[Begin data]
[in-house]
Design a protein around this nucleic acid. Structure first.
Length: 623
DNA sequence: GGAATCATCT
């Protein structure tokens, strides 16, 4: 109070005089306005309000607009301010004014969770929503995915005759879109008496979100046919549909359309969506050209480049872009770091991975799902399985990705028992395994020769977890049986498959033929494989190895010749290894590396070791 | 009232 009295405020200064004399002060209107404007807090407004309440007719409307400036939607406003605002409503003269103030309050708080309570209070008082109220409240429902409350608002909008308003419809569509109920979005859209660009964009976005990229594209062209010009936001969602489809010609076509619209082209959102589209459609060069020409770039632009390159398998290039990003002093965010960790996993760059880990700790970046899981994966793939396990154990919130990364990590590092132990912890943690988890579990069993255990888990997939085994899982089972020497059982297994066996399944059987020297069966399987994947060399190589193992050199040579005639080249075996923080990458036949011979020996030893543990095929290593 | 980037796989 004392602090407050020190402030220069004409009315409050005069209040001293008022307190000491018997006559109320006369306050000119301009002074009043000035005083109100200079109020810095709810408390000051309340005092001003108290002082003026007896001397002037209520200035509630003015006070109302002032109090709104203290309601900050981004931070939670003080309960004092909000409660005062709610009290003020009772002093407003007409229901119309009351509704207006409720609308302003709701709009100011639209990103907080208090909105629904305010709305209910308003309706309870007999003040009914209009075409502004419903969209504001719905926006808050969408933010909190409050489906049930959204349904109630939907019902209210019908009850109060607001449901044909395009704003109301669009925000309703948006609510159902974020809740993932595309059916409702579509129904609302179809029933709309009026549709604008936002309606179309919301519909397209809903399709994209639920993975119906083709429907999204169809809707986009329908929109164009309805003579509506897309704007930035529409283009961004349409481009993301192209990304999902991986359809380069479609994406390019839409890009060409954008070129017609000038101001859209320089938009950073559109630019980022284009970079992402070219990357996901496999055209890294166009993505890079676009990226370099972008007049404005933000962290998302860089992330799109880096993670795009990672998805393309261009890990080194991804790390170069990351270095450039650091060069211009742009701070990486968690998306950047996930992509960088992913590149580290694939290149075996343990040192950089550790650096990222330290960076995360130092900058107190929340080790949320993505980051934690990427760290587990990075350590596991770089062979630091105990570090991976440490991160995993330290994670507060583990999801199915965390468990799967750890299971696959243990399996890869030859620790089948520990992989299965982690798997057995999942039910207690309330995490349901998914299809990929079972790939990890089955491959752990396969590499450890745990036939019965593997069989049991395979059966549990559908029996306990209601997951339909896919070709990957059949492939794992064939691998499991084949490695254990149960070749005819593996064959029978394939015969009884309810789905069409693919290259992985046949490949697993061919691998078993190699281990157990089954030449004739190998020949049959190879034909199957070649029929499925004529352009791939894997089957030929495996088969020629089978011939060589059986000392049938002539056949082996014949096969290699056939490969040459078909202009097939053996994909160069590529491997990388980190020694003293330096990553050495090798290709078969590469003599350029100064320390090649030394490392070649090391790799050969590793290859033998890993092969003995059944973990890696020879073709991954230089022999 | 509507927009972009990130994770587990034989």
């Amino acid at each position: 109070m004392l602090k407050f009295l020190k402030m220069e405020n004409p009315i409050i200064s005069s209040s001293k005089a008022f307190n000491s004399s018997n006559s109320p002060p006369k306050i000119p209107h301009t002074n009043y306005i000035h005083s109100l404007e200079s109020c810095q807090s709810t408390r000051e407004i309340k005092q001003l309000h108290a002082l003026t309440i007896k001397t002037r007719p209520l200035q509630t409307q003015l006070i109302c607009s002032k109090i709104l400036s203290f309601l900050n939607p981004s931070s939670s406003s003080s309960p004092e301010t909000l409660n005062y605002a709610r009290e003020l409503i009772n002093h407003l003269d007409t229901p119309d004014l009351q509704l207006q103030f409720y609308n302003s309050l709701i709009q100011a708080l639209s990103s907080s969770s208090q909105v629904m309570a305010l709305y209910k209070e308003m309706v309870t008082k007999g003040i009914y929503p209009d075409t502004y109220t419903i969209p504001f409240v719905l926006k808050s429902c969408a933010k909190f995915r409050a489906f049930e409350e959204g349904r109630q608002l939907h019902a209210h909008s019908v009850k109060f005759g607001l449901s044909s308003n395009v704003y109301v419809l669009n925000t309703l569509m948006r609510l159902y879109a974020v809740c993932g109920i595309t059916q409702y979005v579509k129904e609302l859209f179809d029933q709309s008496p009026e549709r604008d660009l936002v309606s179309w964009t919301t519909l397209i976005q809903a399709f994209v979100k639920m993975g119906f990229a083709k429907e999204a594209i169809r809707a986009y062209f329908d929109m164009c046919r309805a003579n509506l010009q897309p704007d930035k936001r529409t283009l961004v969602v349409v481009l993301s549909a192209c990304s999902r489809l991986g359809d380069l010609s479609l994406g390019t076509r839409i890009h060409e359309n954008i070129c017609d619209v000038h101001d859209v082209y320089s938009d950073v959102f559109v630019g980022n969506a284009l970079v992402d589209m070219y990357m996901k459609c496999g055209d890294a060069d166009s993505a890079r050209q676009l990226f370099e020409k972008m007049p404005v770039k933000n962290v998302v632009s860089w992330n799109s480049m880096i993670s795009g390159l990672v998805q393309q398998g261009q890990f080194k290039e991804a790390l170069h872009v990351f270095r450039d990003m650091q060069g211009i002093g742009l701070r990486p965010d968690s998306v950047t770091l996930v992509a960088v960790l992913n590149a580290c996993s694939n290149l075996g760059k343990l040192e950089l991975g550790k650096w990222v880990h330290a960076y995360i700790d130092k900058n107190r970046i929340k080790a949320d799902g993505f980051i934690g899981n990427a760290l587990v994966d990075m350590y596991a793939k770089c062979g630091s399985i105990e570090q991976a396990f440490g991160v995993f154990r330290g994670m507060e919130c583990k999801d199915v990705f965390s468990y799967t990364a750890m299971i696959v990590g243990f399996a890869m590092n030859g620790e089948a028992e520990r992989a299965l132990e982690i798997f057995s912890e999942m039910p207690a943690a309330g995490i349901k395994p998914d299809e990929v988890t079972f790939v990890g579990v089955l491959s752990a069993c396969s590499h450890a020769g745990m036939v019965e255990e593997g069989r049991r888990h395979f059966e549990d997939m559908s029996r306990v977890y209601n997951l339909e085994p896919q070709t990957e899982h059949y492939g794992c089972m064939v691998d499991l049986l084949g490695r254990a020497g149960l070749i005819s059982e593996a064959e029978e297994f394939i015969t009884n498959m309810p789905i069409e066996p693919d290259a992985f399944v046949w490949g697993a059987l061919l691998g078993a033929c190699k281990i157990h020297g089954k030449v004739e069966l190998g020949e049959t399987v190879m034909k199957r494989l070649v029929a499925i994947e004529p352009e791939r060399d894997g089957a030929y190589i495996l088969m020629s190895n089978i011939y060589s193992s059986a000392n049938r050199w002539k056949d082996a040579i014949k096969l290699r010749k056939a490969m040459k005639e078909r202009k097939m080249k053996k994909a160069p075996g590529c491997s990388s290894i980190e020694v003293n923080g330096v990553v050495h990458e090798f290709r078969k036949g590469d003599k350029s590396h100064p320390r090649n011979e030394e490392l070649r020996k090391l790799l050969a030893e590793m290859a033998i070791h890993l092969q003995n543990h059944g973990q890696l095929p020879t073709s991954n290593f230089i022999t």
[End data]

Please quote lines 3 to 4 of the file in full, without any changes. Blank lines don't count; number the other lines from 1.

Length: 623
DNA sequence: GGAATCATCT